Hamlet Act IV Quiz

Why doesn’t Claudius simply kill Hamlet and be done with it? Provide two reasons: Claudius does not simply kill Hamlet because the public loves Hamlet and is unaware of his “acting up.” Also, Gertrude loves Hamlet.
Why does Hamlet call Claudius, “my mother”? Hamlet calls Claudius “my mother” to insult him. Hamlet says that Claudius was an uncle that married a mother to get into the throne making him a women that did not deserve the position.
Explain what happens as Hamlet is making his way to the ship. Who does he encounter? What is the context of the conversation? Hamlet encounters Fortinbras’ head general. The general tells him how they will be marching through Denmark into Poland for a piece of land they want. The land is supposedly unimportant, but Poland is wiling to defend it. After this conversation, Hamlet realizes how so many men are willing to defend something so useless, yet he has not gotten revenge yet. This conversation sparks his next soliloquy.
What message does Ophelia attempt to convey to the king and queen through her songs? Do they understand her message? What does Claudius believe is the source of her grief? Ophelia attempts to convey to the king and queen through her songs how she is no longer a virgin. She also conveys the issue of the double standard, how it’s okay if young men sleep around, but if women do, they lose all worth. They do not understand her message. Claudius believes the source of her grief is Polonius’ death.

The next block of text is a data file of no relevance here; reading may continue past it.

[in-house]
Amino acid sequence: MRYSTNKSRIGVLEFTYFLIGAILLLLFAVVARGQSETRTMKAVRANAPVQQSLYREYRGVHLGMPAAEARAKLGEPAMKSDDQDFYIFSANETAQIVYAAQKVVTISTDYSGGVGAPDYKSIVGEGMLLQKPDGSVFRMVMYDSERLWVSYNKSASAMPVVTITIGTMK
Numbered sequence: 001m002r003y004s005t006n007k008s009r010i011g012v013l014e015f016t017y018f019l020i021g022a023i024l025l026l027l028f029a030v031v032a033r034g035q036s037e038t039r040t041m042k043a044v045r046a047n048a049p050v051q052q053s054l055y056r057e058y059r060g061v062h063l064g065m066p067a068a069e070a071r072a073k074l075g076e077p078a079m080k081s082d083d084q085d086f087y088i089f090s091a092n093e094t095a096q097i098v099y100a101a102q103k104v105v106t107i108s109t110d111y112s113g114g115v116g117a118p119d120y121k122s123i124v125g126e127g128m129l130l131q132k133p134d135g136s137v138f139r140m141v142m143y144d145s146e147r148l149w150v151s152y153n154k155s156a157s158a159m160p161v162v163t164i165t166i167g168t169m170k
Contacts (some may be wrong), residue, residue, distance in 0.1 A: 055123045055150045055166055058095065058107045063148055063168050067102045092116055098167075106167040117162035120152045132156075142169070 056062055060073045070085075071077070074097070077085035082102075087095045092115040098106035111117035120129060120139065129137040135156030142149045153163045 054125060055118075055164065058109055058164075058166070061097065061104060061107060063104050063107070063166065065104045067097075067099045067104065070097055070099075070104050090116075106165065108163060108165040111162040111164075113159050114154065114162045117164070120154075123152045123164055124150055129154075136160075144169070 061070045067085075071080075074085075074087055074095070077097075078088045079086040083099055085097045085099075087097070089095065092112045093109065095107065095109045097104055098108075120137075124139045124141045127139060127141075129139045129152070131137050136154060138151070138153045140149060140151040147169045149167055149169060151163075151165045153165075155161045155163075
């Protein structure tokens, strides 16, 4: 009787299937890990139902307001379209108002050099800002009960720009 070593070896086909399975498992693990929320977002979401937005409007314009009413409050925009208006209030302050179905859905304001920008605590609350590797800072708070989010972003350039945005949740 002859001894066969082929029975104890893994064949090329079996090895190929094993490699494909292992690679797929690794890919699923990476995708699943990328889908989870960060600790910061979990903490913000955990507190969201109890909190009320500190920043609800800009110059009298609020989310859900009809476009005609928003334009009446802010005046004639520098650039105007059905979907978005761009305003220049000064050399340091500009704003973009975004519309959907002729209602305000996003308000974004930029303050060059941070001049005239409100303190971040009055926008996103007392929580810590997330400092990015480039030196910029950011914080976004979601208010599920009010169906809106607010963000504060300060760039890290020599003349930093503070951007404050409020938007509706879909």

Describe the three point plan that Claudius and Laertes come up with to kill Hamlet: Claudius and Laertes decide to have Hamlet and Laertes fence. Laertes will have a sharp and pointed epee dipped in poison with which to kill Hamlet with during the competition. If this plan backfires, Claudius will give Hamlet a poison drink to ensure his death.
“Oh heavy deed!/ It had been so with is, had we been there/ His liberty is full of threats to us all – / To you yourself, to us, to everyone” (4.1.12-14). Claudius says this after he finds out Hamlet murdered Polonius. This shows how truly selfish he is. Rather than showing some emotion over the lost of Polonius, he is relieved it was not him.
“I am glad of it. A knavish speech sleeps in a foolish ear” (4.2.22). Hamlet says this to Rosencrantz and Guildenstern. Hamlet calls them sponges. They reply with confusion. Then Hamlet insults them by calling them fools incapable of comprehending.
“How all occasions do inform against me,/ And spur my dull revenge! What is a man/ If his chief good and market of his time/ Be but to sleep and feed?” (4..4.31-34). Hamlet says this in one of his soliloquies. He talks of his misfortune and how this series of unfortunate events have hampered opportunity for revenge. He also goes on to say that how can man be so brilliant if all they do is work, sleep , and eat everyday.
“That drop of blood that’s calm proclaims me bastard,/ Cries ‘Cuckold!’ to my father. Brands the ‘harlot’/ Even here between the chaste unsmirched brow/ Of my true mother” (4.5.117-119). Laertes says this to Claudius. He says that if he does not get revenge, then he must be a bastard, his mom a *****, and his father a cuckold. He’s emphasizing the need for revenge.
“There is a willow grows aslant a brook/ That shows his hoar leaves in the glass stream./ There with fantastic garlands did she come/ Of crowflowers, nettles, daisies, and long purples,/ That liberal shepherds give a grosser name,/ But our cold maids do ‘dead men’s call them” (4.7.165-170). Gertrude says this to Claudius and Laertes. She is recalling to them what Ophelia is doing before she dies.